Monday, April 16, 2012

The Ongoing Misconceptions

I already talked about this subject in a previous post in detail but a recent article reminded me that this is still very much a passionate issue in the world. What am I talking about? The marketing and cultural debate around Cochlear Implants.

The news side of NPR last week posted an article entitled "Cochlear Implants Redefine What It Means To Be Deaf".

Unfortunately, it reads like a bad piece of Oralist propaganda and this angers me. I generally respect NPR and enjoy a lot of their articles. As a bonus they usually even supply transcripts of their audio interviews posted online. This one though is badly researched and I can't even call it a one-sided view. It is worse than that. Not only does the article gloss over any and all negatives about Chochlear Implants, but turns into a marketing promotional. This is actually a disservice. It confuses people who don't know anything about this technology, it confuses parent's trying to make decisions for their children, it makes it harder for employers to understand the issues, and it punishes the Deaf community and HH people in general by presenting false information and false expectations.

I'll give you an example. The NPR article interviews people and represents an implant as restoring 100% of hearing ability. Society has already heard enough about these implants to think they magically restore your hearing to "normal" levels. This reaffirms that and says, yeah, look 100% hearing with one simply little device, amazing! I don't blame people for asking things like, "Why don't all Deaf people have this, I mean, who wouldn't want their hearing restored?" the problem is that that is a false expectation. Go ahead and read the Facebook comments to see the reactions. The Deaf community is annoyed and the hearing people are completely confused as to why. If it were true I might be tempted to ask the same questions myself. Implants don't give you 100% hearing. They are like fancy hearing aides. In profoundly Deaf individuals they will restore some ability to hear sounds. Partially Deaf people will gain some ability to hear more and it isn't in a natural way the brain is used to. Even after conditioning the brain it isn't 100% like the article alludes to. Even ability to hear sounds doesn't equate ability to comprehend speech, they are related but different things.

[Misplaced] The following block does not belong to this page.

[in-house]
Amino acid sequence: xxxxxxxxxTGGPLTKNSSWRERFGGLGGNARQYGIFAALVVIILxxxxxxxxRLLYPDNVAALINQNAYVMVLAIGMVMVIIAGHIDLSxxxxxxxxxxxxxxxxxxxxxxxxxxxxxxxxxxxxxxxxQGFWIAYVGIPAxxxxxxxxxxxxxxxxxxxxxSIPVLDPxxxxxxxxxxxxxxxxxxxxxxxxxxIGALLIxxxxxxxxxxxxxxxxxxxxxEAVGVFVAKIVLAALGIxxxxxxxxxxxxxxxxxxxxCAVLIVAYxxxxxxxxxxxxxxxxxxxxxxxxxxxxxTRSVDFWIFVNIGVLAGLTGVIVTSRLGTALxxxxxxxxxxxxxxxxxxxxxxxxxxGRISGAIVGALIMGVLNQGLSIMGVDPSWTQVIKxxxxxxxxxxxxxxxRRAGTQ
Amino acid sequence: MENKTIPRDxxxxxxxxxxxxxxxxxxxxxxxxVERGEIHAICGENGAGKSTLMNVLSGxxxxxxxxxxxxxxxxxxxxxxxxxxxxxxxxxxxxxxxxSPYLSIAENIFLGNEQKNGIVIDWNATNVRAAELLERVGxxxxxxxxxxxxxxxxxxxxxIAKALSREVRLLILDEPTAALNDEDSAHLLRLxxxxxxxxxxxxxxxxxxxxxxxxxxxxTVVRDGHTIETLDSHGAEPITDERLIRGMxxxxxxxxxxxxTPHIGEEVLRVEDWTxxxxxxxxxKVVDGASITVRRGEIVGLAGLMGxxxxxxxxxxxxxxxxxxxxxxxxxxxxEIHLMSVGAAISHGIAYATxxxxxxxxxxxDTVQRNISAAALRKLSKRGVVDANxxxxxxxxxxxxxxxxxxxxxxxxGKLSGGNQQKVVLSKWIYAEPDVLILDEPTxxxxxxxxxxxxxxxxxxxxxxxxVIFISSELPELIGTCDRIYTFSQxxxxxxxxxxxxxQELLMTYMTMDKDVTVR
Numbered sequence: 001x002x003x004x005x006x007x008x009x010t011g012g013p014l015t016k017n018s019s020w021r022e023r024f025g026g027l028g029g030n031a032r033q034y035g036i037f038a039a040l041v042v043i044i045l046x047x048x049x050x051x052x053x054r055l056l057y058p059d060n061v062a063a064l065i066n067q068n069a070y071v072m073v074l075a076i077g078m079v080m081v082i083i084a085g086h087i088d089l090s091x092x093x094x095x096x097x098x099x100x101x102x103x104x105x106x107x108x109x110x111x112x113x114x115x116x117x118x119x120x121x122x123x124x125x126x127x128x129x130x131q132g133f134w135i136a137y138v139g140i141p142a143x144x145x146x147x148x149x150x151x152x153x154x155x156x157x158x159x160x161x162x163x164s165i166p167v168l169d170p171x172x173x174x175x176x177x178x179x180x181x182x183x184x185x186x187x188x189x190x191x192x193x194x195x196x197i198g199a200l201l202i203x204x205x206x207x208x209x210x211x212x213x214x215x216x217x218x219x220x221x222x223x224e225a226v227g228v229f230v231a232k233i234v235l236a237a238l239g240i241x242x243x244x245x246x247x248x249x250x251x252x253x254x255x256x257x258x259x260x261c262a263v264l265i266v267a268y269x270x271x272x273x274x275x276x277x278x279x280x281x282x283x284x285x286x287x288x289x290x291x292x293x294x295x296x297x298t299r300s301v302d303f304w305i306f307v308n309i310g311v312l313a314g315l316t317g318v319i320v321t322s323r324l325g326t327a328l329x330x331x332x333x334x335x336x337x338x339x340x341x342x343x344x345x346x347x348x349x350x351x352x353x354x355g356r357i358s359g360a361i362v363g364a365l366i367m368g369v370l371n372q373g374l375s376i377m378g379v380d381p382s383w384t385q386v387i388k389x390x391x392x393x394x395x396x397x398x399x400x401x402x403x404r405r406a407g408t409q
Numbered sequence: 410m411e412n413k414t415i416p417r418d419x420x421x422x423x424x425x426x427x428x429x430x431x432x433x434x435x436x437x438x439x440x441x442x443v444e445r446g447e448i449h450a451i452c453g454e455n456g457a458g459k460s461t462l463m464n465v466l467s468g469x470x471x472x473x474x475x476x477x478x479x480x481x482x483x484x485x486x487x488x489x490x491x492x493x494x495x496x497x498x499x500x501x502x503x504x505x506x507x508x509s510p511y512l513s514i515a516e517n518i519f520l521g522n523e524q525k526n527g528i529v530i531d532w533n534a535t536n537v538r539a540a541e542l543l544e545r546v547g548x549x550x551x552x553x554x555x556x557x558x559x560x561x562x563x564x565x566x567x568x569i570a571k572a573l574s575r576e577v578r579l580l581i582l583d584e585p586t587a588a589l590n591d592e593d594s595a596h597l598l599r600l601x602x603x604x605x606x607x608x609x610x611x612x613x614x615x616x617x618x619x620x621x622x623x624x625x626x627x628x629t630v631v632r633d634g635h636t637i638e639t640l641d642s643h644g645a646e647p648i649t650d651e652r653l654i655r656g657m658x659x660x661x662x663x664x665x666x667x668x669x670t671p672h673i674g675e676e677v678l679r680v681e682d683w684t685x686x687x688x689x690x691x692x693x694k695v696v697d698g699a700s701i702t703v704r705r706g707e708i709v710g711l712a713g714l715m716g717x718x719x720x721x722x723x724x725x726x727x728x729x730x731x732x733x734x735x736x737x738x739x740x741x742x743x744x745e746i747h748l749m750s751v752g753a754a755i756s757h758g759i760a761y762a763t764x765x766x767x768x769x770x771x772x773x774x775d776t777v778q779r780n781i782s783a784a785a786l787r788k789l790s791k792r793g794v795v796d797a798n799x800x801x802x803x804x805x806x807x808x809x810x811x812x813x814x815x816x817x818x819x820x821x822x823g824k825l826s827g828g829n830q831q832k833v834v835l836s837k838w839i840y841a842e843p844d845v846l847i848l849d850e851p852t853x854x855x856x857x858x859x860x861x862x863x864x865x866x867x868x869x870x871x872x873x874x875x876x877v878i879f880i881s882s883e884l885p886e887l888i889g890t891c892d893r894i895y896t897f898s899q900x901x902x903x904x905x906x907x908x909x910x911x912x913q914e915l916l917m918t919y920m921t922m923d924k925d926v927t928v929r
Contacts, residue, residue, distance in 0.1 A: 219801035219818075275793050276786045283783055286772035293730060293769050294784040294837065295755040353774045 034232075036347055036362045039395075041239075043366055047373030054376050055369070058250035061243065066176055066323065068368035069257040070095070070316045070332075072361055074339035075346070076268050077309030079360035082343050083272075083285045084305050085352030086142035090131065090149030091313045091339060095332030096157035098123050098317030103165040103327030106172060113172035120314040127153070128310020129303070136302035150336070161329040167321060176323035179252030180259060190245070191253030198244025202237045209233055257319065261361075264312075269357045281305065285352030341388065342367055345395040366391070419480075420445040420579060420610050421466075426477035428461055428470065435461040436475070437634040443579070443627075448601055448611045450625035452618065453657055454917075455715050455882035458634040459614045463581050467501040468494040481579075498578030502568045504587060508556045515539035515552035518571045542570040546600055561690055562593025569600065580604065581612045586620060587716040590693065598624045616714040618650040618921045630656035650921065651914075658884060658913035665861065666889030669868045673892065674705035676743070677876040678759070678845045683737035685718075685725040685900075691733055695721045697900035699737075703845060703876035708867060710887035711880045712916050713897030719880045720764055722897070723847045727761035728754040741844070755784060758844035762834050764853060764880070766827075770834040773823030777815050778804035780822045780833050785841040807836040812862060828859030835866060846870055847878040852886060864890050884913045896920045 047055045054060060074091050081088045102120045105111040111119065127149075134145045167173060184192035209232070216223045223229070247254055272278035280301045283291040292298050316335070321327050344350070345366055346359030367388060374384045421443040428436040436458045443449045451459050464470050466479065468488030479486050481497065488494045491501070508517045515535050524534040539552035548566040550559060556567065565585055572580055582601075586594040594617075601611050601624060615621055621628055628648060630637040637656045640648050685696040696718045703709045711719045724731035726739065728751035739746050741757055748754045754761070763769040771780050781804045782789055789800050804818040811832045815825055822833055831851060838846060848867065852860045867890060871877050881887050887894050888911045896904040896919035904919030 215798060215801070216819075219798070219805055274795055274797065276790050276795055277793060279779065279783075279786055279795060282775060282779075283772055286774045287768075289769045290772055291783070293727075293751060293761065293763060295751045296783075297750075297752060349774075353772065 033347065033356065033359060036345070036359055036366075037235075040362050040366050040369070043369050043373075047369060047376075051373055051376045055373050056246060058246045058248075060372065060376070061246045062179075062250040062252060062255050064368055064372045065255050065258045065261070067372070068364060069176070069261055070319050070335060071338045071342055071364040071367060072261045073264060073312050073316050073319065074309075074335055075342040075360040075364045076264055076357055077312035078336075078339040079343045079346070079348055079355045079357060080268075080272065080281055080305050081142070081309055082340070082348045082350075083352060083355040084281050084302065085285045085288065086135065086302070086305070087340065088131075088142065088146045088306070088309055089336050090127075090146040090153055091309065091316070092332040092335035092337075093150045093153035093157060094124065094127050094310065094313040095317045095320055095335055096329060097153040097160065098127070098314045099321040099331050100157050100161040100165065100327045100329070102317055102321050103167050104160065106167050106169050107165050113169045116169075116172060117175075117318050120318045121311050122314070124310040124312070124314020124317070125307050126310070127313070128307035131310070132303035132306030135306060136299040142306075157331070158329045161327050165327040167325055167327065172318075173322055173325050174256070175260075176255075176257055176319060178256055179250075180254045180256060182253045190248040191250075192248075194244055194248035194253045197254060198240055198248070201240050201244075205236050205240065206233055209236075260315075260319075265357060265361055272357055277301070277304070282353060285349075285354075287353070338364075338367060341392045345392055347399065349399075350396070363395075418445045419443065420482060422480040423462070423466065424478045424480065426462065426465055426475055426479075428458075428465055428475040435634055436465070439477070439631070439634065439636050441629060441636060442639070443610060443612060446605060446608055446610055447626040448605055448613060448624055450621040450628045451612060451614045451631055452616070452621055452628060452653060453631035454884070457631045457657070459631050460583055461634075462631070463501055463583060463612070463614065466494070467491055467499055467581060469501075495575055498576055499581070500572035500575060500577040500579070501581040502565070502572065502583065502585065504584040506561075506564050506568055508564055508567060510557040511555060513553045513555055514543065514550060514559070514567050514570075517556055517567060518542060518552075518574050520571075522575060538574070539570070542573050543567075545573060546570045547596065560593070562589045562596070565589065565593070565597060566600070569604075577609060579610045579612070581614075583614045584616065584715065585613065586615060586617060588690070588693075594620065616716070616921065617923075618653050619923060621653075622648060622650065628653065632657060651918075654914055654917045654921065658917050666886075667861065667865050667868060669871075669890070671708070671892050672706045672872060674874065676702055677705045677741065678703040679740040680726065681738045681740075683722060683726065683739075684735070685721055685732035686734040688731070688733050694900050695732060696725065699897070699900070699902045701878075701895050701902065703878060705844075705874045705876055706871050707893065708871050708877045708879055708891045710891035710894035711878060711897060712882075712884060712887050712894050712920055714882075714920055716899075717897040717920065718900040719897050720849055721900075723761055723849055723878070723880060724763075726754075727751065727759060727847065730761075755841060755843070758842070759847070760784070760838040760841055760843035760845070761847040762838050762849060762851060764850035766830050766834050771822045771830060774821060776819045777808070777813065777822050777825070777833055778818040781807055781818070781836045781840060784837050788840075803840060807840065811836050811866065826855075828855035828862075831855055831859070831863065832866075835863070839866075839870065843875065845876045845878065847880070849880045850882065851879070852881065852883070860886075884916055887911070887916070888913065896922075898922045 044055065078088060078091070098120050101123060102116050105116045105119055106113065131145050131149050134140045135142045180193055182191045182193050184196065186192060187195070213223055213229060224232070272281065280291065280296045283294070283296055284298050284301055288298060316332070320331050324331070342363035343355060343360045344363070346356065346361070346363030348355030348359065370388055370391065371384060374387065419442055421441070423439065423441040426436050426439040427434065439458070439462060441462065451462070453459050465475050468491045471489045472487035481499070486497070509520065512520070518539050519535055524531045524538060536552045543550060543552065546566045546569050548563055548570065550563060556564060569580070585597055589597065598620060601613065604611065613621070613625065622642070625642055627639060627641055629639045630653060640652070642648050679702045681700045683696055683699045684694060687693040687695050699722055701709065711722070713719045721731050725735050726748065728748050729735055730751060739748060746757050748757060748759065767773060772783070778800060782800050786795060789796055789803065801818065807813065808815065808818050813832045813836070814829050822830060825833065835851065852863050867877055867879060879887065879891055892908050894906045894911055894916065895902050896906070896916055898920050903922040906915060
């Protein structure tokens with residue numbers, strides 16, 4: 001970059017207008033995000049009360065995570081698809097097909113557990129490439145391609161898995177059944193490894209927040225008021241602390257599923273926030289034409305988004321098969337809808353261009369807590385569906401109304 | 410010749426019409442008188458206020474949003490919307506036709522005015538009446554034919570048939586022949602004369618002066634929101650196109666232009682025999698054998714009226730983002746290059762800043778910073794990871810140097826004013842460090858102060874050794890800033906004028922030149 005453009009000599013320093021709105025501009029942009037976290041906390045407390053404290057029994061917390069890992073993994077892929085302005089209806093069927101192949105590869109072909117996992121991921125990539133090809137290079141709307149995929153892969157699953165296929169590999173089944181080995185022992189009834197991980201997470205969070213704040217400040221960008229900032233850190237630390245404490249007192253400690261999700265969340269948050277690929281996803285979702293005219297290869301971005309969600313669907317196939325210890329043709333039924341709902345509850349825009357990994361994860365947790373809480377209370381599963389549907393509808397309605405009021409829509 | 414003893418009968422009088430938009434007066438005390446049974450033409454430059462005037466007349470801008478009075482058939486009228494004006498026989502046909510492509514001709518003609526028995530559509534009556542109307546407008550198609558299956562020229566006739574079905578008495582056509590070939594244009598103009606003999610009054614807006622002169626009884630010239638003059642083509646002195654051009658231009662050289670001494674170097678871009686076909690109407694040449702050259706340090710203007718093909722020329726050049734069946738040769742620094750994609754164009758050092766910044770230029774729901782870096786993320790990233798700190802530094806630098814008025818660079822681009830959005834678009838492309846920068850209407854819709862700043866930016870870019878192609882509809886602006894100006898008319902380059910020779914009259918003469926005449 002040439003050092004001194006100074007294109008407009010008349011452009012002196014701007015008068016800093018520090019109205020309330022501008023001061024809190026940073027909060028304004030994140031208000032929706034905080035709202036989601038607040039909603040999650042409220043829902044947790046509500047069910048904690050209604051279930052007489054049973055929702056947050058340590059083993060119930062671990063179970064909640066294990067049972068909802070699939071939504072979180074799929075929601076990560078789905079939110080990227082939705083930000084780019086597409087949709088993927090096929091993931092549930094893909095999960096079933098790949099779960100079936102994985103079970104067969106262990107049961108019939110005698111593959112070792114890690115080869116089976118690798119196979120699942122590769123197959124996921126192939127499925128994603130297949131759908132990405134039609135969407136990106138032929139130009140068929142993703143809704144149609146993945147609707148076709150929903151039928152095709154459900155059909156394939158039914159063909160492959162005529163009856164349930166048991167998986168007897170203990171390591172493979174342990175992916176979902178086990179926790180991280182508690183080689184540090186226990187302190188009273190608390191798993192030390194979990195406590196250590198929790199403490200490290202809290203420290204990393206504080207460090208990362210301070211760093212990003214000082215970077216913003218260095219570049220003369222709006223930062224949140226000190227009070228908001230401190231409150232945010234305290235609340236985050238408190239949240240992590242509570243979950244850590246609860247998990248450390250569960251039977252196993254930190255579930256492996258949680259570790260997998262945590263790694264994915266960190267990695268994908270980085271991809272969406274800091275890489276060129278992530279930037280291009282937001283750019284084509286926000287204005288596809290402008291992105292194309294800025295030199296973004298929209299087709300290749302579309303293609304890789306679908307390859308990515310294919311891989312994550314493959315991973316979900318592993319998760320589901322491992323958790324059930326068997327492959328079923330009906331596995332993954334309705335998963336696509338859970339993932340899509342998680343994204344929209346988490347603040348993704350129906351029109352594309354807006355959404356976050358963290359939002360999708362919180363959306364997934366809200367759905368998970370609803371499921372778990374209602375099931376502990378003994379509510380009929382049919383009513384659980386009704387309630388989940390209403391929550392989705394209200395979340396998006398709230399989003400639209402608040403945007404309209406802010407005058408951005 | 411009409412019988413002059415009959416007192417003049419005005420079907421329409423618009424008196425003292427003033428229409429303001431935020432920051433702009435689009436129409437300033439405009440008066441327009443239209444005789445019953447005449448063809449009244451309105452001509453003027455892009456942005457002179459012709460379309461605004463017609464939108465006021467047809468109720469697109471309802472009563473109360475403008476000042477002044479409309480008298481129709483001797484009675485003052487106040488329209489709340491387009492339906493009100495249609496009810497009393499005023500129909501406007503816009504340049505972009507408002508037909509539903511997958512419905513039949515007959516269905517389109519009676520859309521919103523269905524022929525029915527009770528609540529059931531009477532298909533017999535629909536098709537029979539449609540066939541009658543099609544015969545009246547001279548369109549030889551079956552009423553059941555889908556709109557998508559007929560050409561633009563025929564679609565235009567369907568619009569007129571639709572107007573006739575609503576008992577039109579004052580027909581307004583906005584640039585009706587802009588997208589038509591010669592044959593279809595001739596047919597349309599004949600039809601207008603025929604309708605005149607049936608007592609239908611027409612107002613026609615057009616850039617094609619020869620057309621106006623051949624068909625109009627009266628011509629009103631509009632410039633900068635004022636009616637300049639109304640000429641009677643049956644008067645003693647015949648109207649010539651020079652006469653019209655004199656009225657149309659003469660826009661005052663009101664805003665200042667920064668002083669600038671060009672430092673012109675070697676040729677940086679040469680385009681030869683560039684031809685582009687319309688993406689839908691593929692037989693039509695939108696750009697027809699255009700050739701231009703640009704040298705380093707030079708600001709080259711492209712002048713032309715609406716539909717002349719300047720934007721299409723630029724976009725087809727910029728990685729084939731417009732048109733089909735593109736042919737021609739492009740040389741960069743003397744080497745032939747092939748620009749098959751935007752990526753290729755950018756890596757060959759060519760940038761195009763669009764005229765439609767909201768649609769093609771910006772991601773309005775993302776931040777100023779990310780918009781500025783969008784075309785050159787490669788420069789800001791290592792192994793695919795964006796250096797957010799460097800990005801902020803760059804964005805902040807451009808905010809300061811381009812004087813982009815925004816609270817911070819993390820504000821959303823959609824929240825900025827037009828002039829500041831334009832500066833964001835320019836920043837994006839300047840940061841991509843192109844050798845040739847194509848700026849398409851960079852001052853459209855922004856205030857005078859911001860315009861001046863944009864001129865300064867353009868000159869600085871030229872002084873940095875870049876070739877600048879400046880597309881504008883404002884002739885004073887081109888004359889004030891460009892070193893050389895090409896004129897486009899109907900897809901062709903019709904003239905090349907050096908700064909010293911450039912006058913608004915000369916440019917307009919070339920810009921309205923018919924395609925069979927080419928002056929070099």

If you read the article very carefully between the lines, you will notice that these Deaf kids with implants they are championing are in special schools. They are learning the tenants of Oralist teaching. Learn to read lips, talk and interact like you can hear like normal, and use this new technology. The goal is for these kids to act like normal kids in normal schools. I applaud the idea, but the technology isn't what it claims. Expectations here are that with a simply operation and device, disabled people can re-integrate into society at large with no detriment and "normal" people won't have to be bothered by the disability. Employers can employ, teachers can teach, marketing people can telemarket. Life will go on as normal.

You see it is these false expectations that are the most damaging. Deaf people want to be part of society. They have their own community, sure, but everyone has friends and family and jobs in the larger world. I spend a lot of time happily going through life as normal as I can, but what do you do when you are faced with a situation where you have to ask someone else to help accommodate your situation? Maybe repeat something or write something down for me? Do I want people glaring at me like they are annoyed with my request and asking why don't I just get those new electronic implant ears so I don't have to bother them?

Articles like this set expectations in the wrong way. It not only glossed over every single down side, it barely mentions the cost, and then launches right into how these will make people all normal again. It's bad journalism, bad research, and the repetition of this one-sided message is doing untold damage on public opinion against Deaf people.

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